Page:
Do you think that Iran will continue its nuclear program despite the agreement?

The Iranian strategy is a very cautious one. It comprises of three stages: developing the technological knowledge, translate it to nuclear capability, and finally, enhance its nuclear related capacity. Iran will surely be busy in promoting its technological capabilities and will test the limits of the agreements and the willingness of world powers, particularly the US, to enforce it due to a calculated strategy or a genuinely different interpretation of the agreement. I think the chances that Iran will abandon the agreement and go for the bomb are low, unless there is an existential threat on the regime. Unless this happens, Iran can live as an advanced nuclear threshold state and wait until this agreement expires.

Do you think the U.S. and its allies should develop “snapback” options to restore sanctions in case of Iranian non-compliance with the nuclear deal? If so, how do you think it should be framed and what should it consist of?

I think one of the greatest dangers to implementation is that once the sanctions come off, it will be impossible to re-impose them. Therefore, the United States must build consensus with its like-minded European and Asian partners about what a violation would entail and how to re-impose sanctions, either through the U.N. Security Council or outside the Security Council, if necessary. The US and its allies should define violations and the types of penalties that can be imposed on Iran in the event of a violation. It is impossible to anticipate every violation or scenario, but a robust process can develop a range of possible violations along with the types of steps that Iran would need to take to redress the potential violations. This mechanism is vital to ensure that small Iranian violations are treated with small penalties that demonstrate the American resolve to enforce the agreement without jeopardizing it. It is equally necessary to guarantee a quick response in case of a blatant Iranian violation: opening a new nuclear site, enriching Low Enriched Uranium to higher levels, or working on military related activities.

The question is how to raise the cost for an Iranian disobedience. We have seen that economic pressure, incorporated with other means can influence the Iranian calculus. Hence I believe a credible mechanism involves the US and its European allies – the ones that truly have economic relations with Iran – can serve as an important deterrent tool. It would also signal to the international community the American resolve to enforce this agreement and to prevent Iran from acquiring nuclear weapons.

Do you think that American policy should aim to respond to the conventional military threat from Iran by forming a multi-national joint task force with its Sunni partners targeted at countering Iran’s destabilizing regional activities? What would such a response potentially look like?

The first Sunni concern is not the nuclear threat from Iran but the non-nuclear one: the enhancement of the Iranian hegemony in the region, and the possibility of Washington shifting alliances in the region and allying with Iran. If the US wish to address its Sunni allies’ concerns it should increase coordination with Gulf Cooperation Council partners on countering Iran’s destabilizing activities in the Middle East. One potential way to do so is forming a new Multi-National Joint Task Force with Arab partners. This task force should aim at countering asymmetric threats from the Islamic Revolutionary Guard Corps and Sunni extremists that would include joint exercises, training, intelligence, and joint actions.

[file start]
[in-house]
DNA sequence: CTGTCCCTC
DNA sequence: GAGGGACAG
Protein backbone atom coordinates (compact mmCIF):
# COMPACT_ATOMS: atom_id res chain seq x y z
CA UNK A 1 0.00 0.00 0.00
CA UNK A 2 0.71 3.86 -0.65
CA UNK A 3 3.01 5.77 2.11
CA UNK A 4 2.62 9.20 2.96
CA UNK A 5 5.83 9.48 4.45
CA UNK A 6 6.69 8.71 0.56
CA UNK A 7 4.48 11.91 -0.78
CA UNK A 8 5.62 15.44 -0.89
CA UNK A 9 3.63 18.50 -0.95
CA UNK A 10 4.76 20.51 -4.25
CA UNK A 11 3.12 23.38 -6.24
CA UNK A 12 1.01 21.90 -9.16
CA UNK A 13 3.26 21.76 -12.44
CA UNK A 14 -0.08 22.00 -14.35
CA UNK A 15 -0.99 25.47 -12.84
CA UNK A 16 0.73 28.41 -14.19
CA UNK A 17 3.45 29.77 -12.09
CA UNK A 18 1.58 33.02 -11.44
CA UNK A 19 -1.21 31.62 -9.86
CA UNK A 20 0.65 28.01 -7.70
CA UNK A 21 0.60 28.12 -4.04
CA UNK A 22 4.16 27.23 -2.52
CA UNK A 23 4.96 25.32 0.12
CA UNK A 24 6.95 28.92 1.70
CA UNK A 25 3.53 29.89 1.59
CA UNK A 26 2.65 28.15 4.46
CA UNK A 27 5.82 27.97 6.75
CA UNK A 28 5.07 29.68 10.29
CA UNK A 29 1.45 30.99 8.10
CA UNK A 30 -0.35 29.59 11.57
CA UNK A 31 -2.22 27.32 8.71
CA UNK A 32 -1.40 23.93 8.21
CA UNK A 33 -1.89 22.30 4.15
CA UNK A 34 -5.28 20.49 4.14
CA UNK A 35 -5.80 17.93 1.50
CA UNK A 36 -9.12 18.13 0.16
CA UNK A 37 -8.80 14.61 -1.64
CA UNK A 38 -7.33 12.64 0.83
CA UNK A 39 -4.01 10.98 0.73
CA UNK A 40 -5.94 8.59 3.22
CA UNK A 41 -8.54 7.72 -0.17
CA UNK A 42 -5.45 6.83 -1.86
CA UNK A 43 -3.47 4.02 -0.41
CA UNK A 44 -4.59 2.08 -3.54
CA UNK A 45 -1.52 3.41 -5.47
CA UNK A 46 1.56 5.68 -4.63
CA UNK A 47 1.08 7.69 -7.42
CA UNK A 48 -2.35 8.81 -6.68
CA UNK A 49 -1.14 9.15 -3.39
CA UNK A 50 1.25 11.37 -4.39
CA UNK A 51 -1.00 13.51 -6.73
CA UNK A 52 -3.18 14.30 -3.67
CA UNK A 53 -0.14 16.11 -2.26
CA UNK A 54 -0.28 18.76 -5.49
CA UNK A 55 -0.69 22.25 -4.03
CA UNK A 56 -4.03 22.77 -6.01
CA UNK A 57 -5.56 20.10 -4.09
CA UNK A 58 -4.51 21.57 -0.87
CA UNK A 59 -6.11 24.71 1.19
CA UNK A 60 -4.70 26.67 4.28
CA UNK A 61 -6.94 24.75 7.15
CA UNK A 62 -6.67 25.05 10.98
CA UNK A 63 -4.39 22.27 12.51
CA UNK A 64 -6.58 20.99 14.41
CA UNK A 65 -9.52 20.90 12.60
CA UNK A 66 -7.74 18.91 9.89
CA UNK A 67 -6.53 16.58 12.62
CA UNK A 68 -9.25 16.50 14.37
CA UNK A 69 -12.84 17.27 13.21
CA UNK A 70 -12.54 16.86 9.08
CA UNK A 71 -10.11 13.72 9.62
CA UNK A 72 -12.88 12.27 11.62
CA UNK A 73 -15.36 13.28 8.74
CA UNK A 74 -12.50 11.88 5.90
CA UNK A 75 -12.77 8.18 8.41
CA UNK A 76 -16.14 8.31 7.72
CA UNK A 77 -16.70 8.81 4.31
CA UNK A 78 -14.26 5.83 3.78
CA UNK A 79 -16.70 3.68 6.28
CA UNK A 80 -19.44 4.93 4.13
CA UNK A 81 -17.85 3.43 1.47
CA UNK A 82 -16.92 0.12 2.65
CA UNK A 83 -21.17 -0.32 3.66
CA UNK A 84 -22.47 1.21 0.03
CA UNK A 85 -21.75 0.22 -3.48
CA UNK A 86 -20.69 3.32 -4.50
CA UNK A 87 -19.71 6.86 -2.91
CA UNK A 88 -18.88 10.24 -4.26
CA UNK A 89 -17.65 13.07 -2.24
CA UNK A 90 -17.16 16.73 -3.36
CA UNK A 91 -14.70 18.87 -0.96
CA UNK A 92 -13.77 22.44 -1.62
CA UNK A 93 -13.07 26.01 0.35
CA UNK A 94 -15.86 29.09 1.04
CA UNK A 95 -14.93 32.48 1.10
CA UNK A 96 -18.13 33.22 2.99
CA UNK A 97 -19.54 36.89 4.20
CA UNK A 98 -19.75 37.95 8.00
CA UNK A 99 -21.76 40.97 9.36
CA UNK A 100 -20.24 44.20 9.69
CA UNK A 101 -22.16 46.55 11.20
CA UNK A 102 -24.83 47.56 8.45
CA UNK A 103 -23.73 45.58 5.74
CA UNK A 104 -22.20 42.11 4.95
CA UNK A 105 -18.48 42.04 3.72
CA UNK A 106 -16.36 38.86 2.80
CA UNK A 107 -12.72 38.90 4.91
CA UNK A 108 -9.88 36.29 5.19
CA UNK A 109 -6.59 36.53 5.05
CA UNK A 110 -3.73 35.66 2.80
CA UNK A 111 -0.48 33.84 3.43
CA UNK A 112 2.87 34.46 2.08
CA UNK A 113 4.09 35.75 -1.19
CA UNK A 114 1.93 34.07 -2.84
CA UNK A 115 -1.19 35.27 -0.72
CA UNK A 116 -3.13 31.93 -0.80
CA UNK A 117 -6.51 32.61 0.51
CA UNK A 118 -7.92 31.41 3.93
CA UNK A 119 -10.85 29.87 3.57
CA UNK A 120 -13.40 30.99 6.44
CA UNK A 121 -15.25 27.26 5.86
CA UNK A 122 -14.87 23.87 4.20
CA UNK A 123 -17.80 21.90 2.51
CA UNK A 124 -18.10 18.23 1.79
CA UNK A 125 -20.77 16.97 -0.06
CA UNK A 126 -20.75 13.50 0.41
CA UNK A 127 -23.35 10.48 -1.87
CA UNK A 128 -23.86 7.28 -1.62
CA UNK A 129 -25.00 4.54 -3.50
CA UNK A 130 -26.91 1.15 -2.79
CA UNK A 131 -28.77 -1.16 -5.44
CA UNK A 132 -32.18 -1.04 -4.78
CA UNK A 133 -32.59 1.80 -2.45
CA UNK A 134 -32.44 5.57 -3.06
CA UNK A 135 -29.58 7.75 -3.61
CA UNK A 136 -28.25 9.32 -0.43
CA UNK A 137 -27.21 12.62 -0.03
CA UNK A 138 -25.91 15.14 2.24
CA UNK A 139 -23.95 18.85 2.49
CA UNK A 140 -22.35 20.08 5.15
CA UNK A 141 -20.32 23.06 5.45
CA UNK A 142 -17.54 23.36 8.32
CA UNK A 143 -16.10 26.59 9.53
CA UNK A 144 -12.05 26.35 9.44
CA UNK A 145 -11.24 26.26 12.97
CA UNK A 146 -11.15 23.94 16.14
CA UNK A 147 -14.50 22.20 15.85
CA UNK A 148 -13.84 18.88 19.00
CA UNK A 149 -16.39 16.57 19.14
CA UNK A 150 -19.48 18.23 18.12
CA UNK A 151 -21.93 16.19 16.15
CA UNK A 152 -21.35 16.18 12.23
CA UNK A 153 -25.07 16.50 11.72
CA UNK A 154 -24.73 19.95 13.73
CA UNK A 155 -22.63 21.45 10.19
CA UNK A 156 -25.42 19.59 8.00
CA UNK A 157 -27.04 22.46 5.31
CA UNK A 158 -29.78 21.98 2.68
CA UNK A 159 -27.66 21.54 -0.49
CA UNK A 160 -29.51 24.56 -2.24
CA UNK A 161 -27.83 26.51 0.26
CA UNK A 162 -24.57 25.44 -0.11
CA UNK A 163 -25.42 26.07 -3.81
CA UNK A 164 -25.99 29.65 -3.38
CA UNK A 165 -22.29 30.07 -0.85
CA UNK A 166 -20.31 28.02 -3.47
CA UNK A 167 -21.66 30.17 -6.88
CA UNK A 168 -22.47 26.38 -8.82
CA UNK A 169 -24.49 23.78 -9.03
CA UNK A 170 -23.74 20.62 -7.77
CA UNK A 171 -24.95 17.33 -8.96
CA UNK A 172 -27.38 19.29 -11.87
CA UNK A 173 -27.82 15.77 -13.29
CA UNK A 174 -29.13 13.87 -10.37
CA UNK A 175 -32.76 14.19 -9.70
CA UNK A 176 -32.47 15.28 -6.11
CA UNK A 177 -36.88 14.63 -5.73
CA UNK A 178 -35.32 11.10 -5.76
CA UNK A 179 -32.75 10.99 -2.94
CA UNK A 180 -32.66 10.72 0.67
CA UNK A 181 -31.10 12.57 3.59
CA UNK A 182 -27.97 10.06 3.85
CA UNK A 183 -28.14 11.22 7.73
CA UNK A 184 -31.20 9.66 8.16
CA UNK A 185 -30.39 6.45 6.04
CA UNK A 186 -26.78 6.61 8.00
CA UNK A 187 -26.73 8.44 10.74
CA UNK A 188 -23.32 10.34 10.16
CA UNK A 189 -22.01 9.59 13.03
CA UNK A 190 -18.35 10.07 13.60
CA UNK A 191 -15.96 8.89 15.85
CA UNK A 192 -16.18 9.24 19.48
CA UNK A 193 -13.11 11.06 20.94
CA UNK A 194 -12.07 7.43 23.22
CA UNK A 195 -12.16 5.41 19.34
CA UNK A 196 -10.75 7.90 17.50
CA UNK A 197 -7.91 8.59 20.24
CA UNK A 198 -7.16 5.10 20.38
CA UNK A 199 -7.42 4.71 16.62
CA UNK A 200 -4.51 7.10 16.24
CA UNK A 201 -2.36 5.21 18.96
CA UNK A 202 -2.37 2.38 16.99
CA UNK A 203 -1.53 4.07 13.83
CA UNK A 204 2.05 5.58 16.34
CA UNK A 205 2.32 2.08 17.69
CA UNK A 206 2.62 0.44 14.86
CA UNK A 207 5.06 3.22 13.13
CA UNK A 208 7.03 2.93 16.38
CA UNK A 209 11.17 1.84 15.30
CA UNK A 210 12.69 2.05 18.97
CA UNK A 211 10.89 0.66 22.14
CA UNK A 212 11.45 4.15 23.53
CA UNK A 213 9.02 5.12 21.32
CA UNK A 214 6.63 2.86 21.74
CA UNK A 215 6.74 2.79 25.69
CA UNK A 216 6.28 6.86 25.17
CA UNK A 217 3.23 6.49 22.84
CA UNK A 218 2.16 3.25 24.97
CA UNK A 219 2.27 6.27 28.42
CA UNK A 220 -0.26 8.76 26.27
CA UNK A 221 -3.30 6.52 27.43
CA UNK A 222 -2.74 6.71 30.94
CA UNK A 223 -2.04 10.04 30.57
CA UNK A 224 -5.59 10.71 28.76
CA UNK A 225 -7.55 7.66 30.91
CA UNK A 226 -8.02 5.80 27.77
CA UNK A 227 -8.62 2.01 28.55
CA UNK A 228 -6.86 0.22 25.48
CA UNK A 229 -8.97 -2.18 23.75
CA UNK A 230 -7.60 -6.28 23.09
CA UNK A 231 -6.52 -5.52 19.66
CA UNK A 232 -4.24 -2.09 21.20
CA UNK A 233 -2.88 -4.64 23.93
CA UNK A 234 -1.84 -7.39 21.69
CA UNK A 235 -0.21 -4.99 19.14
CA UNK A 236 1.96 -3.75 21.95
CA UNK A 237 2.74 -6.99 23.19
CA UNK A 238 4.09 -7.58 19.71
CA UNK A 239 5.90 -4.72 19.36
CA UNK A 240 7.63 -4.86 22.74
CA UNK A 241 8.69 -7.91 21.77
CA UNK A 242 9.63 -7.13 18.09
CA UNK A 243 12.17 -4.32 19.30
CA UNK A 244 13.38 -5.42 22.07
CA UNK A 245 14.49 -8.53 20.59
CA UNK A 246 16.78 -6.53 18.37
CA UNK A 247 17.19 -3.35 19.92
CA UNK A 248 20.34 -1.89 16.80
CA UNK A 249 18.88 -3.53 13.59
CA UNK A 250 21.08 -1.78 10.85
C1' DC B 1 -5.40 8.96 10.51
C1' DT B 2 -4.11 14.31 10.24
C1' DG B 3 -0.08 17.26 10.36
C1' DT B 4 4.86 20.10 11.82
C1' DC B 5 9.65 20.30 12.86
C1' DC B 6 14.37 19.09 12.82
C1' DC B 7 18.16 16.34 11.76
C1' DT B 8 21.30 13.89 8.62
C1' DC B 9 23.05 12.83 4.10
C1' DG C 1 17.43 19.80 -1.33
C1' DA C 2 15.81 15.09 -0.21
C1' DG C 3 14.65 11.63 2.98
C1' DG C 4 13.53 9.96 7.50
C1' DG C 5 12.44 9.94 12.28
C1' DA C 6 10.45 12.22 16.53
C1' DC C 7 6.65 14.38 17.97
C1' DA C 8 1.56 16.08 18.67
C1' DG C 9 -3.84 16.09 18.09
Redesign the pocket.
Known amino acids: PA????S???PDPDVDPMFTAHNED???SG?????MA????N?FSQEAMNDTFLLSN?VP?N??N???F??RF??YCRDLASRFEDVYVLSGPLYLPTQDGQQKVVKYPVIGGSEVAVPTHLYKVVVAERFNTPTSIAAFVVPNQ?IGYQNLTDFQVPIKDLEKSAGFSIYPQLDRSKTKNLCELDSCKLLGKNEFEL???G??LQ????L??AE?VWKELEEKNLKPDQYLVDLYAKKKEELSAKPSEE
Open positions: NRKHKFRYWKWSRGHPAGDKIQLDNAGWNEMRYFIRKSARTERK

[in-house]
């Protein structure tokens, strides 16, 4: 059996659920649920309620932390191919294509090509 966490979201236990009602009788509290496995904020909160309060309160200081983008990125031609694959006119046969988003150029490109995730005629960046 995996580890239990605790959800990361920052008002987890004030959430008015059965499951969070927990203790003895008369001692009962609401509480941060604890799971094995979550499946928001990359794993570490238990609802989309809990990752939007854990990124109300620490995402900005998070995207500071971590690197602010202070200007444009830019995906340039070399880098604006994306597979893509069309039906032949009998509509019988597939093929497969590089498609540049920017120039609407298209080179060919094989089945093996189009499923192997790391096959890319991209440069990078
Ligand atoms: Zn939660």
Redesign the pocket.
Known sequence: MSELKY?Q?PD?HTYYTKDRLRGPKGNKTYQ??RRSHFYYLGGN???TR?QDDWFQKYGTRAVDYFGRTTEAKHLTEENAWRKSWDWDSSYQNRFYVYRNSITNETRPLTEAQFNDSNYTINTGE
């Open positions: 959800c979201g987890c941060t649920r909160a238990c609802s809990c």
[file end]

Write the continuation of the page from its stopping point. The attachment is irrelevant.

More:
What are your thoughts about the U.S. reinvigorating its high-level dialogue with Israel aimed at solidifying a joint strategy to prevent a nuclear armed Iran, as well as an Iranian empowerment on Israeli borders?

We all have heard about the side agreement between Iran and the IAEA which is essential for the implementation of the nuclear deal. I believe now it is time to strive for another side agreement: between the US and Israel to ensure high coordination on the nuclear issue, close cooperation against Iran’s non-nuclear threats against Israel, including the support in terror organizations: Lebanese Hezbollah and Palestinian Hamas. In addition, this agreement should preserve Israel’s Qualitative Military Edge to protect its security in the long run in perhaps the most dangerous region in the world; and to assist the US and Israel to prepare for the difficult post agreement reality when most of the constraints over the Iranian nuclear program will be lifted.

What is the most important advice you could give to young scholars of International Relations?

Know yourself, know your friends and know your enemies – start by studying the limitations of your perspective, continue with studying the perspectives of your allies and foes, and conclude with trying to bridge between them. One of the most common human mistakes is assuming that the other side shares the same set of values, information and world view. To understand the complex dynamics of contemporary international relations one must understand the different perceptions held by the different actors and how to bridge between them.

This interview was conducted by Satgin Hamrah. Satgin is an Editor-at-large with E-IR